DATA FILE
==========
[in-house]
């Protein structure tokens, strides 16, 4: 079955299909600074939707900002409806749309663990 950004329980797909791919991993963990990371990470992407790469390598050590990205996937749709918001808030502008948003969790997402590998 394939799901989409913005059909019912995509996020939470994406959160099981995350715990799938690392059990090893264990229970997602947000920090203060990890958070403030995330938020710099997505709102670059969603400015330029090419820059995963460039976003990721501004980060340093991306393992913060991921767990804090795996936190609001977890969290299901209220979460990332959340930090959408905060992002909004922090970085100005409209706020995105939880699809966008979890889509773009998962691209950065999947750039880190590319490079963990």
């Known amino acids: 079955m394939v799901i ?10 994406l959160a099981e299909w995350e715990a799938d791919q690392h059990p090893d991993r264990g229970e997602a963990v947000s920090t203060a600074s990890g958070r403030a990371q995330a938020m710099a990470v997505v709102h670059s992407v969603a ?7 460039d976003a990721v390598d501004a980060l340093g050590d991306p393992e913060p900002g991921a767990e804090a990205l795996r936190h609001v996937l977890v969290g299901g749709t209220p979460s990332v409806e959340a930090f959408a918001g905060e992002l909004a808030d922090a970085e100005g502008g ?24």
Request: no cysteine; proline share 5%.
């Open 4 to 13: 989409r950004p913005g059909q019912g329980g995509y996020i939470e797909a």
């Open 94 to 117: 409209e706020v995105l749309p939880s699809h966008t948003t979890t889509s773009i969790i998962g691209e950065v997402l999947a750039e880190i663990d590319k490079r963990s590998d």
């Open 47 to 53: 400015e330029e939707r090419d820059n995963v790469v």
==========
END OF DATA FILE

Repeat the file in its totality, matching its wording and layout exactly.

[in-house]
């Protein structure tokens, strides 16, 4: 079955299909600074939707900002409806749309663990 950004329980797909791919991993963990990371990470992407790469390598050590990205996937749709918001808030502008948003969790997402590998 394939799901989409913005059909019912995509996020939470994406959160099981995350715990799938690392059990090893264990229970997602947000920090203060990890958070403030995330938020710099997505709102670059969603400015330029090419820059995963460039976003990721501004980060340093991306393992913060991921767990804090795996936190609001977890969290299901209220979460990332959340930090959408905060992002909004922090970085100005409209706020995105939880699809966008979890889509773009998962691209950065999947750039880190590319490079963990």
């Known amino acids: 079955m394939v799901i ?10 994406l959160a099981e299909w995350e715990a799938d791919q690392h059990p090893d991993r264990g229970e997602a963990v947000s920090t203060a600074s990890g958070r403030a990371q995330a938020m710099a990470v997505v709102h670059s992407v969603a ?7 460039d976003a990721v390598d501004a980060l340093g050590d991306p393992e913060p900002g991921a767990e804090a990205l795996r936190h609001v996937l977890v969290g299901g749709t209220p979460s990332v409806e959340a930090f959408a918001g905060e992002l909004a808030d922090a970085e100005g502008g ?24």
Request: no cysteine; proline share 5%.
């Open 4 to 13: 989409r950004p913005g059909q019912g329980g995509y996020i939470e797909a």
């Open 94 to 117: 409209e706020v995105l749309p939880s699809h966008t948003t979890t889509s773009i969790i998962g691209e950065v997402l999947a750039e880190i663990d590319k490079r963990s590998d």
């Open 47 to 53: 400015e330029e939707r090419d820059n995963v790469v």